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Indians Adapt Brilliantly to Government's Poorly-Planned Demonetization Reform

© REUTERS / Himanshu SharmaA man displays 500 Indian rupee notes during a rally organised by India’s main opposition Congress party against the government's decision to withdraw 500 and 1000 Indian rupee banknotes from circulation, in Ajmer, India, November 24, 2016.
A man displays 500 Indian rupee notes during a rally organised by India’s main opposition Congress party against the government's decision to withdraw 500 and 1000 Indian rupee banknotes from circulation, in Ajmer, India, November 24, 2016. - Sputnik International
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The Indian government had not implemented the demonetization reform properly, but the people found ingenious solutions for the resulting problems, Deepender Hooda, a member of the Indian Parliament told Sputnik on Monday.

NEW DELHI (Sputnik) — Hooda acknowledged the importance of the fight against corruption and counterfeit currency and his support for the reform's goals.

"All the problems have been created as the government took this big decision without any proper planning… But to solve the problems some persons have come up with such entrepreneurial ideas and I welcome such ideas," Hooda, a member of the Congress Party, said.

D. Raja, a member of Communist Party, told Sputnik that the Indians were indeed facing many difficulties in dealing with the aftermath of the reform and urged the country's prime minister, Narendra Modi, to help people.

"Prime Minister should be open to review the decision on how the decision can be implemented so that miseries of common people can be minimized," Raja said.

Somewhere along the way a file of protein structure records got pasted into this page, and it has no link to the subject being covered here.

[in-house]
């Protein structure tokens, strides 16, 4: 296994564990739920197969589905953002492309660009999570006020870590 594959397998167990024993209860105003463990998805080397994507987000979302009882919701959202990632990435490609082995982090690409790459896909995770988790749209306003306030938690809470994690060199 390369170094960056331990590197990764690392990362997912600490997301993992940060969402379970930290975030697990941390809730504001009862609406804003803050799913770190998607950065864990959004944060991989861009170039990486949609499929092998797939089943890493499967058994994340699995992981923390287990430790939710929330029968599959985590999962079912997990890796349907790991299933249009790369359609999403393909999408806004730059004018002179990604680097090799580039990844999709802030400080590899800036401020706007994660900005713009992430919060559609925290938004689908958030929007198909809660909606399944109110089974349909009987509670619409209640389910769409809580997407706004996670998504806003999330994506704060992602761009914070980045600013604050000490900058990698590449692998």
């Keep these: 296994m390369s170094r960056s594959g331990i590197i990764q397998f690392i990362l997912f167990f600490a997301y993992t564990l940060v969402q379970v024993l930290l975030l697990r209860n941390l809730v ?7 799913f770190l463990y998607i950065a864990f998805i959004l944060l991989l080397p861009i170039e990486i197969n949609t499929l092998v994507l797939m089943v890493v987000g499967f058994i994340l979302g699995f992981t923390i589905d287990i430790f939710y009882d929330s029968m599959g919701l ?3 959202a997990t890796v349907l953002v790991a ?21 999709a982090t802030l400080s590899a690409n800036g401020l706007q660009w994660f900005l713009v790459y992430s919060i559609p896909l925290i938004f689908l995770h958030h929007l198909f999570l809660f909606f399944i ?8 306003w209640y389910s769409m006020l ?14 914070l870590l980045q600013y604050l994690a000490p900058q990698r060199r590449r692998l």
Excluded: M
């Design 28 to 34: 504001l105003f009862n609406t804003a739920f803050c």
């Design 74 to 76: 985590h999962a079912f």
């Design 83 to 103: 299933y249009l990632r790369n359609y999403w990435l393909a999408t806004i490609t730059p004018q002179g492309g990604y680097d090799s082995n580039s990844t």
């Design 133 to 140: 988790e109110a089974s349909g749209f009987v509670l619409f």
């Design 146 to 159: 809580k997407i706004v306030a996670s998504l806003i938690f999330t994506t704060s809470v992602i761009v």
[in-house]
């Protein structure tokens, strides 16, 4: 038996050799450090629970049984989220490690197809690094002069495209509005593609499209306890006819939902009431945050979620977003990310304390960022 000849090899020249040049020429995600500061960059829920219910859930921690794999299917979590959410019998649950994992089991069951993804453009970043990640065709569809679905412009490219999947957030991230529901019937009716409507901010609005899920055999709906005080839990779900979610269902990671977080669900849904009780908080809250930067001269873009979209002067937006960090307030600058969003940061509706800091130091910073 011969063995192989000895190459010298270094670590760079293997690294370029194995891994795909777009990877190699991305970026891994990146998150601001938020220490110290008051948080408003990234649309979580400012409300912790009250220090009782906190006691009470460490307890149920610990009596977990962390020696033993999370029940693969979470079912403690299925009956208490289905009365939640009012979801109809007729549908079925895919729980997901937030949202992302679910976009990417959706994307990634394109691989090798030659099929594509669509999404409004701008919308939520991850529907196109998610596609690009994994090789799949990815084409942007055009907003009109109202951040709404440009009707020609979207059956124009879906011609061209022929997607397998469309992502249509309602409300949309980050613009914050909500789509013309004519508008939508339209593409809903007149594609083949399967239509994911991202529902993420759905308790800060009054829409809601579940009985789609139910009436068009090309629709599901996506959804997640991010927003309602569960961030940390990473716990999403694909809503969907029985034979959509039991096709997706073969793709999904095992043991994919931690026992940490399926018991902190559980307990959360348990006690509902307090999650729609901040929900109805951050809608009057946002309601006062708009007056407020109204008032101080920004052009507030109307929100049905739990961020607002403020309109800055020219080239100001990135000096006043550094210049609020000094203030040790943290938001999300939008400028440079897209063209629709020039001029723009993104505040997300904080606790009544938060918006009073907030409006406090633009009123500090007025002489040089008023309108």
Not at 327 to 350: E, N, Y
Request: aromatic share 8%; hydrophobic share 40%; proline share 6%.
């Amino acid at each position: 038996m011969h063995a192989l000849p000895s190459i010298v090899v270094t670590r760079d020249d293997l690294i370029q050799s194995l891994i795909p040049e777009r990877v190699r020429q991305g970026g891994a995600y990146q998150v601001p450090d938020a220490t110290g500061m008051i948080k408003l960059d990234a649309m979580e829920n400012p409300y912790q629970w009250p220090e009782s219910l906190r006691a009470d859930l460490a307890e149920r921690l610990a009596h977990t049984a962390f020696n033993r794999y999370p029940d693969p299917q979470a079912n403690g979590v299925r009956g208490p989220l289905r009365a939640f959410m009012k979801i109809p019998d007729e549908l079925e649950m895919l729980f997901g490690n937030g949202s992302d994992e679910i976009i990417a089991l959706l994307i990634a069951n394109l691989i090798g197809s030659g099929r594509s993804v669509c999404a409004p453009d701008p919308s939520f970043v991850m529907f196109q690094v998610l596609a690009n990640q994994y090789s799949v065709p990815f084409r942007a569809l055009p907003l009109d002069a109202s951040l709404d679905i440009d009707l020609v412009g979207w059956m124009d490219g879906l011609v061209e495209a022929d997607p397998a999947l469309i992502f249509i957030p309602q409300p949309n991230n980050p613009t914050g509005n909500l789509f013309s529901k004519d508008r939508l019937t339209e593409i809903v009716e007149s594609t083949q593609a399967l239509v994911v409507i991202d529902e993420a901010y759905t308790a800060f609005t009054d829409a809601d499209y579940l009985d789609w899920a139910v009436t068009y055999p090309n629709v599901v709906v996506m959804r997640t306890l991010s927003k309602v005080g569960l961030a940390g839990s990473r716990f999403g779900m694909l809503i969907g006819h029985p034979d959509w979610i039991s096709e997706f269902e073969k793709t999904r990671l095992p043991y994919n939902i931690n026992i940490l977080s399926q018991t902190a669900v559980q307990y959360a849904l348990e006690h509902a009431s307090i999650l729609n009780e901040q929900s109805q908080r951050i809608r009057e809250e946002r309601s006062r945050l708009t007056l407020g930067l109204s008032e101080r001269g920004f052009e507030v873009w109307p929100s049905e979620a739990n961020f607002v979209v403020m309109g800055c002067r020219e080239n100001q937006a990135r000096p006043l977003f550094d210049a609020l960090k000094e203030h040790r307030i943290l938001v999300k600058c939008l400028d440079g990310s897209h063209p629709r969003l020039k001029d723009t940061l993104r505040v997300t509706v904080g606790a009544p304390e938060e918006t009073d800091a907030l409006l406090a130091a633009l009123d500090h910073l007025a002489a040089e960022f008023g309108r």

A man holds placards and shouts slogans during a rally organized by India's main opposition Congress party against the government's decision to withdraw 500 and 1000 Indian rupee banknotes from circulation, in Mumbai, India November 28, 2016. - Sputnik International
India's Opposition Should Help Gov't Navigate Post-Demonetization Chaos - MP

On November 9, Indian authorities launched a currency reform aimed at fighting corruption and shadow economy, under which the banknotes with the nominal value of 500 and 1000 rupees (about $8 and $15) will be withdrawn from circulation.

The reform has led to long ATM lines and disrupted the normal cash flow of many businesses and daily activities of individuals. At least two protests are expected to take place on Monday, one in the eastern city of Calcutta and the other one in the south of the country, in Bangalore. A number of opposition parties, including the Congress Party and Aam Aadmi Party, have expressed their disagreement with the way the reform had been implemented.

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